Cattaraugus County coronavirus cases more than doubled in November, straining the Cattaraugus County Health Department’s COVID-19 response.
Dr. Kevin D. Watkins, the county’s public health director, told the Board of Health Tuesday that like others, the Health Department staff is suffering from “COVID fatigue.”
There are nearly 350 active cases and 531 other residents under mandatory quarantine as contacts of known COVID-positive individuals and 27 quarantined travelers the health department contacts twice a day, seven days a week.
That’s in addition to overworked contact tracers following up on new positive test results each day. The Health Department uses a virtual contact tracing system.
“We talk about COVID fatigue,” Watkins said. “We are maxed out going on 10 months.”
Trained contact tracers from other county health department divisions and from other departments are being utilized to track and notify contacts of people who test positive for COVID-19.
“We need them in the mix,” Watkins said of the extra help. “It’s overwhelming. There were 650 cases identified just in November. That requires a lot of people.”
Active cases and those in quarantine get twice-daily calls to check on their symptoms.
“We can’t wait until the day that vaccine is made available,” Watkins sighed.
COVID-19 vaccines may begin to be administered to health care workers and other first responders as well as elderly residents of nursing homes and other long-term care facilities. Later, it will be available to others based on a priority distribution.
It’s hard to remember a day where the positive results haven’t been in double-digits. One day last month there was a record of 82 positive results.
“I think the health department is doing a great job,” said Dr. Joseph Bohan, president of the Board of Health. ”There are so many challenges with contact tracing. It must be very difficult.”
David Smith, the mayor of Gowanda and a member of the Board of Health, and his wife are among those county residents who have tested positive for COVID-19.
“We have been very impressed” with the follow-up by the health department, he said.
Smith said the couple have “mild symptoms” and are quarantining at home. They posted a video on Facebook over the weekend that they’d tested positive for COVID-19. They have been overwhelmed by gifts of meals and other gestures by friends and neighbors, he said from his home via ZOOM video conference, which is how the board has been meeting for the past nine months.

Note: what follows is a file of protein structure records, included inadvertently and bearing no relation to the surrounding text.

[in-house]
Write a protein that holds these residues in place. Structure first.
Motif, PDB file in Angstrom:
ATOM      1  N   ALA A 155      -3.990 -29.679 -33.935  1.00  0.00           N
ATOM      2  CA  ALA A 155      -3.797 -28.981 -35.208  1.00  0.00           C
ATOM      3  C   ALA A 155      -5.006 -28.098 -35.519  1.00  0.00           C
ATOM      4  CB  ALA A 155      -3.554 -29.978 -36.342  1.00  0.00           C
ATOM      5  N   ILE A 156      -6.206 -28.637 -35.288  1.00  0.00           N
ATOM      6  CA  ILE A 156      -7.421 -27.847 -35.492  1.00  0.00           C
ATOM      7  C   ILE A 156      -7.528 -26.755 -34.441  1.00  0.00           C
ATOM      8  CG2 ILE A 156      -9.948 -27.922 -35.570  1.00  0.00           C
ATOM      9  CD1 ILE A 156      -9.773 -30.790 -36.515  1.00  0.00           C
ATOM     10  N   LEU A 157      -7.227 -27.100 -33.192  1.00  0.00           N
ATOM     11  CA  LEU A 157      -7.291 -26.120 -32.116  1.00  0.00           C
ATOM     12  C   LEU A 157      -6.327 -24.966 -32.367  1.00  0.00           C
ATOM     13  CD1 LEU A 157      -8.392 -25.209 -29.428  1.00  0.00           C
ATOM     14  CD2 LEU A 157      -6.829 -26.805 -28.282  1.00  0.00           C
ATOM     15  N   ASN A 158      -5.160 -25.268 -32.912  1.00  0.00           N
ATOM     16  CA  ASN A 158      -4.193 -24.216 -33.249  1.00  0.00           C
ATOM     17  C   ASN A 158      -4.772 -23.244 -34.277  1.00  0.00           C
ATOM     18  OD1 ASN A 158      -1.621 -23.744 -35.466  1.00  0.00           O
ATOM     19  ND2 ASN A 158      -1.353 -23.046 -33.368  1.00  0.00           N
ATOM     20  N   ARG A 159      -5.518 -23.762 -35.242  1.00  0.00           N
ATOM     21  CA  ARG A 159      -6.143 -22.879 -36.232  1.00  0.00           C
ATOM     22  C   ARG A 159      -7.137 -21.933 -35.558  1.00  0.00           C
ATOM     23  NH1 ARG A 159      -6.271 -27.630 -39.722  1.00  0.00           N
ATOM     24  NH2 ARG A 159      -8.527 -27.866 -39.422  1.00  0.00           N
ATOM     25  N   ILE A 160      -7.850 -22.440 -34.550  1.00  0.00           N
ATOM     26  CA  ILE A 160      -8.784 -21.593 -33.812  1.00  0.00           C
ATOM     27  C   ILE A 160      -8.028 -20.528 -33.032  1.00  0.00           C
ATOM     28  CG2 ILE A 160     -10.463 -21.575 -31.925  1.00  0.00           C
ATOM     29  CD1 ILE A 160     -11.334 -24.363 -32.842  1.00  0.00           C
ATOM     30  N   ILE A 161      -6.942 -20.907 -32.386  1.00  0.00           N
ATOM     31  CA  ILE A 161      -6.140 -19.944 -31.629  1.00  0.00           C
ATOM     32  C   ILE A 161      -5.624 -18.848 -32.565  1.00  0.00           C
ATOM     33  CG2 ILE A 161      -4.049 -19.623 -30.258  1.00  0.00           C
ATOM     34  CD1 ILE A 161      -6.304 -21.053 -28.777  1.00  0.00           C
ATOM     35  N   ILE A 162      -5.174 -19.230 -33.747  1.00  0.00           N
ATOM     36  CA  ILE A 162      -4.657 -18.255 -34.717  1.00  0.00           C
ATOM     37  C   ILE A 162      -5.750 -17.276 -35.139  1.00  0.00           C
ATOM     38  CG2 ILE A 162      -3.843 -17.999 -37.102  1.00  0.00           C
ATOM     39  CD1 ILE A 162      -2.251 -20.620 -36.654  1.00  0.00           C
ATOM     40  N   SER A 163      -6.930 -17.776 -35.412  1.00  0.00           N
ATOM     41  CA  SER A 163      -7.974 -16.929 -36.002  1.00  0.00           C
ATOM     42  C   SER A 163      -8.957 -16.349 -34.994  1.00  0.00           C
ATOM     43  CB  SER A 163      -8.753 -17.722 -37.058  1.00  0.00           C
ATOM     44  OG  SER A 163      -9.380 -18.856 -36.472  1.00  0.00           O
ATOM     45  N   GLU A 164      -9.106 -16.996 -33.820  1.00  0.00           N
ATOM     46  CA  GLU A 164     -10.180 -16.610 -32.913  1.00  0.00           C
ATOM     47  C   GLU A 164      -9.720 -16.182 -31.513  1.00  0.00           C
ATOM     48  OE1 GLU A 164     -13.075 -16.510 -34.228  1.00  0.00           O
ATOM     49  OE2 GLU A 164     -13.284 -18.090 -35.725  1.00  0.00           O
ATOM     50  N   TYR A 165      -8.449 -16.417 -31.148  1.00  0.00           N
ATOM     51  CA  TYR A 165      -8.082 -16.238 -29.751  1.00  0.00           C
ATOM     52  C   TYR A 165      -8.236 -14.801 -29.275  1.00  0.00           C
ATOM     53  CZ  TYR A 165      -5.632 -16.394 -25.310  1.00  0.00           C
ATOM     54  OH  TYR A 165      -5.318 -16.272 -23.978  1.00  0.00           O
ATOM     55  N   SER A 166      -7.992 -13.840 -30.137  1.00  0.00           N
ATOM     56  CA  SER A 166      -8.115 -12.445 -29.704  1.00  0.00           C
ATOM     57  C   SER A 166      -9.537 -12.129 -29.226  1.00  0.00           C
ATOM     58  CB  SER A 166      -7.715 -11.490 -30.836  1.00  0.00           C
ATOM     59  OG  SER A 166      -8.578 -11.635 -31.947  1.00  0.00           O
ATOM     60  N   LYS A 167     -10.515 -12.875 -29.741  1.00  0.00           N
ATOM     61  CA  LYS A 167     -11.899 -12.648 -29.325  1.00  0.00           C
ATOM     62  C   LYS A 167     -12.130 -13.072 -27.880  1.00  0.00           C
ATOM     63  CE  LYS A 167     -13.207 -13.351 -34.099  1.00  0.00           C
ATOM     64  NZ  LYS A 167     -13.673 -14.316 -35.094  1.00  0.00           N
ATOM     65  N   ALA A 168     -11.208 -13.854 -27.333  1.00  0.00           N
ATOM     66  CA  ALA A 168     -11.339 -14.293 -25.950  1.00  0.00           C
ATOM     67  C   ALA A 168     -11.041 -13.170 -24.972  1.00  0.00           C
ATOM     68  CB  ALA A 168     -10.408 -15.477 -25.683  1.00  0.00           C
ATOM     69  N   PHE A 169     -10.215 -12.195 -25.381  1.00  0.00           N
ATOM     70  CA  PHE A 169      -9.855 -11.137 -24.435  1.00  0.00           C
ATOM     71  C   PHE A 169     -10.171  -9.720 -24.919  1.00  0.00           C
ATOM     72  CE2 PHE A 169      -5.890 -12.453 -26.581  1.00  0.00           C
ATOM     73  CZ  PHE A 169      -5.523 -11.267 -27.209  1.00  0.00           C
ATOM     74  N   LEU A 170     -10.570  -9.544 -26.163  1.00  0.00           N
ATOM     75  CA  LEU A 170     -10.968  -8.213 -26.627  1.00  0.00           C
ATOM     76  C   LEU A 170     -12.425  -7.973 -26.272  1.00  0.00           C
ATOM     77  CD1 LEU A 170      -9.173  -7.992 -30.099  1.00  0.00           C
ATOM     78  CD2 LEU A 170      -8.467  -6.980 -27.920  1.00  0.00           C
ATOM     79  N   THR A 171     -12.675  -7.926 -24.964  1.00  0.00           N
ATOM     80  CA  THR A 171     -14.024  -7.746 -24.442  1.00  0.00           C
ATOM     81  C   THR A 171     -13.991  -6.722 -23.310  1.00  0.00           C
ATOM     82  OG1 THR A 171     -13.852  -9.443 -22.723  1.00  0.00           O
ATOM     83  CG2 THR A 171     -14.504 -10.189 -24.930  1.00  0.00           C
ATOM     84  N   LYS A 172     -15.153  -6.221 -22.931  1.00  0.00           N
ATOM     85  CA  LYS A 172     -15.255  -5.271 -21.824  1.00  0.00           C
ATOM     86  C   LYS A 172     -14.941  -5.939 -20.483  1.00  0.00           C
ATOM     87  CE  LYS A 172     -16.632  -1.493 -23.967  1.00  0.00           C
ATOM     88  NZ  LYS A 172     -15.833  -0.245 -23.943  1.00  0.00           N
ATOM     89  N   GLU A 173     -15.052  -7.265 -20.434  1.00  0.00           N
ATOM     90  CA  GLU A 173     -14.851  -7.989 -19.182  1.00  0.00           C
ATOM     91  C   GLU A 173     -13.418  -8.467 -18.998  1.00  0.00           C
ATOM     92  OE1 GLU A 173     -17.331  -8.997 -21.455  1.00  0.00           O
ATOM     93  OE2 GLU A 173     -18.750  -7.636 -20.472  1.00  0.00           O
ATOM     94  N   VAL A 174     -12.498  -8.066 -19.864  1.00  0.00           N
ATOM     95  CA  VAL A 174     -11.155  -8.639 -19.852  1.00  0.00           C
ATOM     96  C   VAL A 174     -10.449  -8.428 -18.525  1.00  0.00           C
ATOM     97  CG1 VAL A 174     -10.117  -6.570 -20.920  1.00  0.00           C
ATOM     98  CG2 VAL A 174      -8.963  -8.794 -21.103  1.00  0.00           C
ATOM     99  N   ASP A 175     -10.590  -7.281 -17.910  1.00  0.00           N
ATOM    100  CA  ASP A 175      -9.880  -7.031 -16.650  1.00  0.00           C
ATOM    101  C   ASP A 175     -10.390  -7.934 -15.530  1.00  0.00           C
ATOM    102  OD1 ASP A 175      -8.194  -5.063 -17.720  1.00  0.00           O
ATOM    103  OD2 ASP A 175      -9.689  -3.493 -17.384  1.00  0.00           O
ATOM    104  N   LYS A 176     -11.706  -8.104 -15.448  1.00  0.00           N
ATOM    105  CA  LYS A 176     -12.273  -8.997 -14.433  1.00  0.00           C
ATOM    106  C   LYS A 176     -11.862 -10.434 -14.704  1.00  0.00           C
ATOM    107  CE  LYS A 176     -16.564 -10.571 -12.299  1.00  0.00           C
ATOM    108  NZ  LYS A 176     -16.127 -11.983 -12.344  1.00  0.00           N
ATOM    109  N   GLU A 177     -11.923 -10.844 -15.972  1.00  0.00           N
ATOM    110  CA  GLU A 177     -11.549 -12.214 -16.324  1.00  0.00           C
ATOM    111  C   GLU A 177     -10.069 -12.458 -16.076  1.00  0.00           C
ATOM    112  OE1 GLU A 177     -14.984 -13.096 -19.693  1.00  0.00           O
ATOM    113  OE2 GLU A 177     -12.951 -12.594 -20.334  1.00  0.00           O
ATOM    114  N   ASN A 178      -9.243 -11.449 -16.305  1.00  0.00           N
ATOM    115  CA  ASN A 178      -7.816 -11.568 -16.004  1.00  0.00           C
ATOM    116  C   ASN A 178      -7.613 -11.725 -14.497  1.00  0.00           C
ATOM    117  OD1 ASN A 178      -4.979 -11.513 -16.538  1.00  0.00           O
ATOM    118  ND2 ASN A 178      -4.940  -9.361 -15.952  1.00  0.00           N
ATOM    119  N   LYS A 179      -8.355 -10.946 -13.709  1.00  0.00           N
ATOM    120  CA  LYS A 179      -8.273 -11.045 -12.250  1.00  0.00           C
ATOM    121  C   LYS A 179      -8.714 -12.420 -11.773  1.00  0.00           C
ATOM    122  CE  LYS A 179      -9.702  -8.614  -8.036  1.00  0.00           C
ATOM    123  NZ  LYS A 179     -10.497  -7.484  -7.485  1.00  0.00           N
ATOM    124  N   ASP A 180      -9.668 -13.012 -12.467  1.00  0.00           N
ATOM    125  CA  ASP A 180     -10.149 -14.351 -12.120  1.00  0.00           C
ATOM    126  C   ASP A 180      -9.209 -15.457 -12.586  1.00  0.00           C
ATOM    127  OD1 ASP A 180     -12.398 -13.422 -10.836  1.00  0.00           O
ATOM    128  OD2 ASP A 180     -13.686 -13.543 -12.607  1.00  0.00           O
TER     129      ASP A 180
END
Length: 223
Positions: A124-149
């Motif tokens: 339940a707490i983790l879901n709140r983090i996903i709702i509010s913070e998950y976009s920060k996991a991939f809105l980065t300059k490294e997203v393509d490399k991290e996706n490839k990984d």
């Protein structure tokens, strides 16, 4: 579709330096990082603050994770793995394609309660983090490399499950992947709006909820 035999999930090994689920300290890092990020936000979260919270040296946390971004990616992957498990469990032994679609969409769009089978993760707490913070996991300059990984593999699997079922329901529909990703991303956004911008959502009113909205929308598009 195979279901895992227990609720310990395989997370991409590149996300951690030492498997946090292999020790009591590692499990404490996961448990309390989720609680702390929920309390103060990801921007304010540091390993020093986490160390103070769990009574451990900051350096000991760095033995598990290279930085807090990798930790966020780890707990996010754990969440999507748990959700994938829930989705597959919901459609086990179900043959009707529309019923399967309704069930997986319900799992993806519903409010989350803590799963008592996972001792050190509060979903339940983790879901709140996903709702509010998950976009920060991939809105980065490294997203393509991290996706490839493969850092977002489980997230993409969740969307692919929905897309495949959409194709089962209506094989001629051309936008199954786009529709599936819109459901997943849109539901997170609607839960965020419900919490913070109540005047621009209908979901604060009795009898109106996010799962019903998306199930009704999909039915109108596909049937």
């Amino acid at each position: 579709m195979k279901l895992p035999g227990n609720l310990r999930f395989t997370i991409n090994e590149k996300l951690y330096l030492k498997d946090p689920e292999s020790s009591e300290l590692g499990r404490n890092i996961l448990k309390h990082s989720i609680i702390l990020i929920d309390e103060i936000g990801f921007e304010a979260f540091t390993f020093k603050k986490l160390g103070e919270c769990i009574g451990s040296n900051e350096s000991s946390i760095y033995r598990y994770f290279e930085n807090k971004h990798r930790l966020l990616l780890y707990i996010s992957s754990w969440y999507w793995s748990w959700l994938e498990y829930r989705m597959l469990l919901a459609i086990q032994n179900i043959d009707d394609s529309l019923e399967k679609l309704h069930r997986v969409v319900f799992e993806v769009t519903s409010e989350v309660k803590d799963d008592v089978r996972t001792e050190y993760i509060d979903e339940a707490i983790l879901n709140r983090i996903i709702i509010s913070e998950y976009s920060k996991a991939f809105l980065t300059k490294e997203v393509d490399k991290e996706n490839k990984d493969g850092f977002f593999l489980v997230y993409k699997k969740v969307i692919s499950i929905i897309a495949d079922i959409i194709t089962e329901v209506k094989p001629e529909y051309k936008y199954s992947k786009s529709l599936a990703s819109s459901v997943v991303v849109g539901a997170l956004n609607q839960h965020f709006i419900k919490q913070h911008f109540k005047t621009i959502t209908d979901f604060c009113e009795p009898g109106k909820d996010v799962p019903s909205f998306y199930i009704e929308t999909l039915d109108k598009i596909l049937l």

As of Monday, there were 1,138 positive COVID-19 tests among county residents. Of those, 772 have recovered. There have also been 29 deaths in the county during the pandemic.
Watkins said he plans to invite county employees who have helped with the health department’s COVID-19 response to a future board meeting for recognition — when it is safe to do so.
Watkins said plans have been developed for rapid coronavirus testing of students and staff at schools if parts of the county are placed in a yellow or orange zone due to the rising COVID-19 cases.
Bohan asked whether the health department’s home care workers should be tested weekly like nursing home staff. Currently, they are tested only if they have symptoms. More than 40% of county residents testing positive for COVID-19 do not have any symptoms. It is when people are asymptomatic that they are often most contagious.
Dr. Gilbert Witte, the department’s medical director, said the precautions most people are taking to slow the spread of COVID-19 also seems to be working to slow the spread of influenza.
Many health officials were concerned about COVID-19 and influenza, types A and B, hitting at the same time. So far, there have been six cases of influenza confirmed in the county.
The health department has provided flu vaccine to 1,300 individuals. Another 2,100 influenza vaccinations were administered by doctor’s offices and pharmacies. That is still about 1,000 below this time last year, Watkins said.
(Contact reporter Rick Miller at email@example.com. Follow him on Twitter, @RMillerOTH)